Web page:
Alumna’s acting spark catches fire
|December 18, 2013||Filled under Uncategorized||
ELI alumna Ivette Li-Sanchez stars in “The Hunger Games: Catching Fire.”
From the ELI Annual Holiday Newsletter 2013
When fans of the 2011 blockbuster film “Hunger Games” eagerly watch the newly released sequel, “Catching Fire,” they will grip the arms of their chairs as 24 young people — the “tributes” — fight to the death for the honor of their districts. And when the District Five tribute girl appears on the screen, some ELI alumni will do a double take to see the familiar face of a former ELI classmate. Session III 2010’s star student, valedictorian Ivette Li-Sanchez, never dreamed that in less than four years she would be a star on the big screen.
In her home country of Venezuela, Ivette studied animal husbandry. When she moved to Atlanta, Georgia, in 2009 to join her mother, she realized that to work in her field in the United States, she would have to retake her undergraduate courses — a discouraging prospect. As a result, Ivette found herself in search of a new career. First, however, she knew that no matter which direction she would eventually take, a key to her success would be mastery of the English language. When a friend recommended the ELI to her, she set off to Delaware to begin her American adventure.
Ivette decided to commit four months — two ELI sessions — to her language learning goals.
“I didn’t know what I was going to do for a living and was really open to starting a new life path. That’s why I picked the ‘English for fun’ classes, as my friends taking the academic and pre-MBA courses used to call them.”
Ivette started at Level V in Leslie Criston’s “deeply moving” Read It! Watch It! and Walt Babich’s “unforgettable” Stories class. In the following session, she moved on to Carolina Correa’s Reading and Writing in Your Field — “My ‘serious’ class. I will always remember how inspired I got from day one.”
And, of course, there was Debbie Darrell’s English through Drama.
“It was phenomenal! That was like my initiation as a scriptwriter, assistant director, production assistant, dancer … It was a team effort, just like all major productions.”
Debbie’s praise of Ivette is equally enthusiastic.
“Ivette was the focal point that brought the class together. She filled in all the gaps, making the flyers, working out costumes — she saved the day for the class, without ever taking the glory.”
Despite the triumph of the Drama class’s performance, “Oops 3,” the thought of acting as a career didn’t creep into Ivette’s mind just yet, but she says the ELI experience did empower her. “Communication is a vital piece in the process of adapting to a new country, and to me, being able to feel more self-confident with the language opened more possibilities for an enjoyable adventure as a newcomer in America.”
Back in Atlanta after her ELI stint, Ivette got a job at a staffing agency, at first performing short-term warehouse tasks such as gluing boxes and sticking bar codes into textbooks. Her ability and work ethic were quickly noticed. Within six months, she was promoted to production team specialist. The future looked bright. “Yet something in my life was still missing.” To fill that gap, Ivette sought out acting classes.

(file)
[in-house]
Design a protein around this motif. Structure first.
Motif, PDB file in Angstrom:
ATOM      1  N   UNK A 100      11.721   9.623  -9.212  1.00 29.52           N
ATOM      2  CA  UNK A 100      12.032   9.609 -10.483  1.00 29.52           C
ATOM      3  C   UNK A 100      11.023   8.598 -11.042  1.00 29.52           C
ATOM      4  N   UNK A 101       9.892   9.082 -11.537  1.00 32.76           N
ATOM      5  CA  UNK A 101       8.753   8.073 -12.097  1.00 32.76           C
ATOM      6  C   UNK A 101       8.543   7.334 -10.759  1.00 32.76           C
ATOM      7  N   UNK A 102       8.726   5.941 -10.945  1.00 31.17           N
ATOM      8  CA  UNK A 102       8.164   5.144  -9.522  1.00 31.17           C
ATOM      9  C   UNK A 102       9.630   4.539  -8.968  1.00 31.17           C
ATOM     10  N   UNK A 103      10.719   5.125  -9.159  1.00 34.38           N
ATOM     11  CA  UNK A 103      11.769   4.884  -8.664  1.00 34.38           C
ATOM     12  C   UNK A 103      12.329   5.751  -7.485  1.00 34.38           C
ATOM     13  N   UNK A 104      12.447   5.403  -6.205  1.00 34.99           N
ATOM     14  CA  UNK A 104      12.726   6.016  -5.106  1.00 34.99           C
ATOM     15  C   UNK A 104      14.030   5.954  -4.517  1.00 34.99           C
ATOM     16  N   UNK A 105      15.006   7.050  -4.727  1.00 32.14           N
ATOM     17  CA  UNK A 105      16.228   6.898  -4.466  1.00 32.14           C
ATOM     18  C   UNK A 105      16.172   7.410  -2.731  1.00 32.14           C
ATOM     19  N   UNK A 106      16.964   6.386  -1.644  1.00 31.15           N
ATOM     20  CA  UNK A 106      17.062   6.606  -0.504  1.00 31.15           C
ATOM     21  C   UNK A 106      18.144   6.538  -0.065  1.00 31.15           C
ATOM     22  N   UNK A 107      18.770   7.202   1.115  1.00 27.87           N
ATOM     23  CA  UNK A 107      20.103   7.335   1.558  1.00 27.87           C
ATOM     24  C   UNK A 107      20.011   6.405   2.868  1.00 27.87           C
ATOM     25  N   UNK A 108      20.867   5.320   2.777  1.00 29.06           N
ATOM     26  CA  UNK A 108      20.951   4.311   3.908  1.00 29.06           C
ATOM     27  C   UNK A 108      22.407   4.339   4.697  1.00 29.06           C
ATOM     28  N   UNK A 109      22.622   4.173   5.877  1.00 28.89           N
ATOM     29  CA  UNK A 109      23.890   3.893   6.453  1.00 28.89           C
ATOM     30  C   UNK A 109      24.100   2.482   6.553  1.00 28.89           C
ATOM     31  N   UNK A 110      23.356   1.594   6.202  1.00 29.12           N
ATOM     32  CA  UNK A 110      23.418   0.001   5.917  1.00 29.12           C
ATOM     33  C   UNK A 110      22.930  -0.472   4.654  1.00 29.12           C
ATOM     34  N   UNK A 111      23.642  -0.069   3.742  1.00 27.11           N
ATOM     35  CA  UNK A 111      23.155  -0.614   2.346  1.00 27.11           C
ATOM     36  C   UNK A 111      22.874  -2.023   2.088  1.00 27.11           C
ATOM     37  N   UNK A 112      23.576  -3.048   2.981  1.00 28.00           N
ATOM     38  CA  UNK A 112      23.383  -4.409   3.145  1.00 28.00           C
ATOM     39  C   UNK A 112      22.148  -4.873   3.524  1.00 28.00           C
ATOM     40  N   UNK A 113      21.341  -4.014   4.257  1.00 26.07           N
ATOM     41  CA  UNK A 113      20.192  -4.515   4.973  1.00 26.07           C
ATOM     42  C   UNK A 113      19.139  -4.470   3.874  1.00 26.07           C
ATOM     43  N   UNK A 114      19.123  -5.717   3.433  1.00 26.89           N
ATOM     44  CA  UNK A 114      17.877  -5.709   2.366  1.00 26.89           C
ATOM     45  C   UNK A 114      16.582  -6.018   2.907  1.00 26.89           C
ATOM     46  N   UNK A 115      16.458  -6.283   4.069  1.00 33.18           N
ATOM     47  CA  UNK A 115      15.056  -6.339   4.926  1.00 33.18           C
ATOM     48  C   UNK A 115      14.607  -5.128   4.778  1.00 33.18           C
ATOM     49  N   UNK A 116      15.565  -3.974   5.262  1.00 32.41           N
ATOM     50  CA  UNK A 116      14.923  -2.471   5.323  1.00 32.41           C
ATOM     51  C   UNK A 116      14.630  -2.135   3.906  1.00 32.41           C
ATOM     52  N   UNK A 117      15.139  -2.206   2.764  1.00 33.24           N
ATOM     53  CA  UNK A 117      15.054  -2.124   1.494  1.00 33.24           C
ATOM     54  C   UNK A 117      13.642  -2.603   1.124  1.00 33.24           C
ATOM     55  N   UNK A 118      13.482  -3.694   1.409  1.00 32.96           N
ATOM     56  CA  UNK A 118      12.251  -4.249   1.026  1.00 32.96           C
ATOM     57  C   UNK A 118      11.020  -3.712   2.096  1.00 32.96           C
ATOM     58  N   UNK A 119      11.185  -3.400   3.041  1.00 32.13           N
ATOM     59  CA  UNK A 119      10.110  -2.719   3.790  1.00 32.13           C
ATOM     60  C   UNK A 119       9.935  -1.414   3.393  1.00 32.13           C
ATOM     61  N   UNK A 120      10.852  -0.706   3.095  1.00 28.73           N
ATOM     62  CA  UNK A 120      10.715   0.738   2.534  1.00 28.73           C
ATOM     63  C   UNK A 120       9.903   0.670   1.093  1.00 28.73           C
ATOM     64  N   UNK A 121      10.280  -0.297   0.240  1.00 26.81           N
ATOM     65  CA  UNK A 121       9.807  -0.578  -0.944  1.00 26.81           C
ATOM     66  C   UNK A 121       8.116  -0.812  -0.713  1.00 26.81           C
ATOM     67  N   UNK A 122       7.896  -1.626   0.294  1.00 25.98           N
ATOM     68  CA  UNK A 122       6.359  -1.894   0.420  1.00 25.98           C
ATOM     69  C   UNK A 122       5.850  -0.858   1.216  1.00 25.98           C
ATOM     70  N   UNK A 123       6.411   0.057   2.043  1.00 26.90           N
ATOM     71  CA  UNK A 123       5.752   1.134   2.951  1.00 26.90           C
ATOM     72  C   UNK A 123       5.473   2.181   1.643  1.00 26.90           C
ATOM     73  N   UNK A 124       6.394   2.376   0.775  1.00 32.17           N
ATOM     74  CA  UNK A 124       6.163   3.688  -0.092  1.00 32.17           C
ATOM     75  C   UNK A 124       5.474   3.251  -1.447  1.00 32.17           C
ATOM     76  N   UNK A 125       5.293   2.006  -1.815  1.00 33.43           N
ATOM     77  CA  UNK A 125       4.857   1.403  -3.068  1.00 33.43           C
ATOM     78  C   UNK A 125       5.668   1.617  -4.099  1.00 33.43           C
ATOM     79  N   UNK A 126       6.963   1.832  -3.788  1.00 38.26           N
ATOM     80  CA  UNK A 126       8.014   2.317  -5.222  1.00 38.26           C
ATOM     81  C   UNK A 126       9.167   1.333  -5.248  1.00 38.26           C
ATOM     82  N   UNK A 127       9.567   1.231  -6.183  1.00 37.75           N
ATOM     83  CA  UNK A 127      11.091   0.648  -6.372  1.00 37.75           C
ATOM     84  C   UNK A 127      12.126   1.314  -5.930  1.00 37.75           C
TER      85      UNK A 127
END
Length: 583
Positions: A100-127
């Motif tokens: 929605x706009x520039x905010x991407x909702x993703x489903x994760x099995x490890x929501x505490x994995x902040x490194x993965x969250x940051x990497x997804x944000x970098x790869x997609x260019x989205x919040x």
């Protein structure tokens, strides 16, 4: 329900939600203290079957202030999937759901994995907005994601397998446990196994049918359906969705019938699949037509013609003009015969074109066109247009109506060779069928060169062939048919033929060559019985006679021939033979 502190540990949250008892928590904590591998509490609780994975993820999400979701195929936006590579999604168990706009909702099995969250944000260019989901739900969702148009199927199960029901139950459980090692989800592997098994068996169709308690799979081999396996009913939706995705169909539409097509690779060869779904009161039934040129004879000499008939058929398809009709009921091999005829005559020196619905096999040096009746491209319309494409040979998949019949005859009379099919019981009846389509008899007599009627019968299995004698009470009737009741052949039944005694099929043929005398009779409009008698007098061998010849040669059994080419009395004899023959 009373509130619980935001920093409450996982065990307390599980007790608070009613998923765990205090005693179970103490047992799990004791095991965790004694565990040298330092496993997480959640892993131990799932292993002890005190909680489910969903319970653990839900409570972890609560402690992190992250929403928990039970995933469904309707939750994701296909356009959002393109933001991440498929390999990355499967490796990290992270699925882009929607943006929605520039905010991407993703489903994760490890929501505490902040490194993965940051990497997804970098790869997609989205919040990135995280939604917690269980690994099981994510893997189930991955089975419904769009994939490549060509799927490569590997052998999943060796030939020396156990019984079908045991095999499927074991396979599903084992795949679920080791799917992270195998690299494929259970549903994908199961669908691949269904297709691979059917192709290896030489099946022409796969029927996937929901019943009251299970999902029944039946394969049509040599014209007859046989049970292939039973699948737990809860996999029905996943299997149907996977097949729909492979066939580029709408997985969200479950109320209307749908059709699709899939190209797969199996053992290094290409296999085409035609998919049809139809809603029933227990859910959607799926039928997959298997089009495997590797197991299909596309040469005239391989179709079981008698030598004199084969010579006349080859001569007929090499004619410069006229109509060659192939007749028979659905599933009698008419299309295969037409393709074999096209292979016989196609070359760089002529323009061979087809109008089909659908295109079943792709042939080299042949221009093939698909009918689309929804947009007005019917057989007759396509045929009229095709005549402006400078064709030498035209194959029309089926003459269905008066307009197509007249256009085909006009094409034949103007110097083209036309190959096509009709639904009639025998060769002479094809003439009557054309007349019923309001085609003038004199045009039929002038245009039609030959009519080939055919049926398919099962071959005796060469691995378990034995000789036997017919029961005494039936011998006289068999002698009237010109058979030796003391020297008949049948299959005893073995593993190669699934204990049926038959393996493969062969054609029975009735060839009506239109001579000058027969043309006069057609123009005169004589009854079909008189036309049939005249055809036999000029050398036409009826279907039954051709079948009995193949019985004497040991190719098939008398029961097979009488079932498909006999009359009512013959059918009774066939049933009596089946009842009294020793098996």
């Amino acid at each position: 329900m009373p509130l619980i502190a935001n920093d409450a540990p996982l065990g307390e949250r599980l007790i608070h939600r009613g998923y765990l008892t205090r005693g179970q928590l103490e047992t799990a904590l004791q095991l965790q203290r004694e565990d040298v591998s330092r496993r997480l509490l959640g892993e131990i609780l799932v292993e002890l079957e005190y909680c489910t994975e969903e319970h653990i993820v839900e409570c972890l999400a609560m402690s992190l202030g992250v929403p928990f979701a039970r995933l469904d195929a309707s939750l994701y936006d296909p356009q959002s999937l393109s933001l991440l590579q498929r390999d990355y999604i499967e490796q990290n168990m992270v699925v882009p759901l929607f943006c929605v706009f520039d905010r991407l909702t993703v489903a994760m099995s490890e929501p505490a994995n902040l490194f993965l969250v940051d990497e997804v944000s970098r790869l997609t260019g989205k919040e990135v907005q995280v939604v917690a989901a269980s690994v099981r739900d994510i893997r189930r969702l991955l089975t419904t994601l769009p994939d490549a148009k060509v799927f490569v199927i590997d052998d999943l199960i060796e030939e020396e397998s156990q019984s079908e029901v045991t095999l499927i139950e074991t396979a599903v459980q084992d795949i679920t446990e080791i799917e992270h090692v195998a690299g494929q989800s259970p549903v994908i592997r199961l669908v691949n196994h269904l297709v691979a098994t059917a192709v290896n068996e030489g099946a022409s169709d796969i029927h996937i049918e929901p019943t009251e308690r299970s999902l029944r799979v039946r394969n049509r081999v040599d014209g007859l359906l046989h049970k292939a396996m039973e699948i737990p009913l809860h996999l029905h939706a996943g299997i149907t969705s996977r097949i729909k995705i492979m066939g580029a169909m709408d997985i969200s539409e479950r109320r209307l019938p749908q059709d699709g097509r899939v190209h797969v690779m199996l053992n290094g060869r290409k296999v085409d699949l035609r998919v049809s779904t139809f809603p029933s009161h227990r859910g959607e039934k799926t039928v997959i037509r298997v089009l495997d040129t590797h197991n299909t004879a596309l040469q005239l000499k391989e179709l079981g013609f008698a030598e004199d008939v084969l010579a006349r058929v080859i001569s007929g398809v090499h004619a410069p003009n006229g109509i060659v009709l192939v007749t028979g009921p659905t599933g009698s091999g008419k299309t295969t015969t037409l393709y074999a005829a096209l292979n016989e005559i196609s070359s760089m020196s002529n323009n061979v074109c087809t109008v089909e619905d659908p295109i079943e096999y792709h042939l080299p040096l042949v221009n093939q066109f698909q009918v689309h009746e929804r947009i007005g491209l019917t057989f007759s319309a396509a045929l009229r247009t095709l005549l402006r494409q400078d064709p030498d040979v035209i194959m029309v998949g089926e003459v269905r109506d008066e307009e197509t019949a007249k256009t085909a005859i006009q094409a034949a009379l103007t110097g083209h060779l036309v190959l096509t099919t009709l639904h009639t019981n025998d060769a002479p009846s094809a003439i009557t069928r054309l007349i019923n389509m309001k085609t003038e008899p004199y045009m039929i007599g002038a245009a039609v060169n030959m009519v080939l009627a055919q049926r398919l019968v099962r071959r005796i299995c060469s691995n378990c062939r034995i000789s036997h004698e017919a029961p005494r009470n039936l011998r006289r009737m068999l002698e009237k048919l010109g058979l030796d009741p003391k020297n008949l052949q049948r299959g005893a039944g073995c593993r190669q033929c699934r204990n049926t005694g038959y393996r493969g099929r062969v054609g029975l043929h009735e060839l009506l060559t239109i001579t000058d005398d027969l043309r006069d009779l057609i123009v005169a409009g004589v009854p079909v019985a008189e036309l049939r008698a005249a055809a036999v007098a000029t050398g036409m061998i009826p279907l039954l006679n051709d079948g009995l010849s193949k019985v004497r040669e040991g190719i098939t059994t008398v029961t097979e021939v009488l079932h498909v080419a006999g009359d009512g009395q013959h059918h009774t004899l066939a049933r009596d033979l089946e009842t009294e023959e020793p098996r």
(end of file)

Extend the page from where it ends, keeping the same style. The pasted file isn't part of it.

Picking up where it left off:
“At the beginning, I considered it as my way to stay in English training in a fun and interesting way. It was my little treasure — the hobby that balanced my warehouse work life with my artistic nature, the place where I could be myself and forget about the burden of the day.”
While her acting classes deeply satisfied her creative side, the production job did not. She resigned from her position and decided to “honor my second nature”: sewing, a craft she had learned as a child from her mother’s hand. She took up freelancing as a seamstress, with some occasional fashion designing, all the while religiously attending her acting classes.
As freelancing afforded her both time flexibility and financial peace of mind, Ivette started to consider her “little treasure” as a potential career. Through a contact in her acting class, she applied for a spot in a Hollywood production.
“When I was selected to work in ‘Catching Fire’ as the District Five female victor tribute, I got the sign that I needed to accept that acting was more than a hobby but a passion, and the journey as an actress began.”
Since “Catching Fire” completed filming in 2012, Ivette has been involved in a few independent cinematic projects, all the while remaining devoted to her beloved acting classes to continually improve her craft. Sewing and designing have not fallen by the wayside: she currently sews garments for SteamPunk Couture, an Oregon-based clothing company, and has paired up with a friend to make designs of their own.
Thinking back on her four months at the ELI at the very beginning of her American adventure, Ivette reflected,
“The ELI experience absolutely had a great impact on my life. I would live it again if I could. Everyone there is so involved and passionate with their work, and that is certainly contagious.”
ELI faculty and staff are delighted to have passed on a spark of their passion to a rising star. SP
*Photo from www.catchingfirecasting.com.
Article by: Sarah Petersen, Editor-in-Chief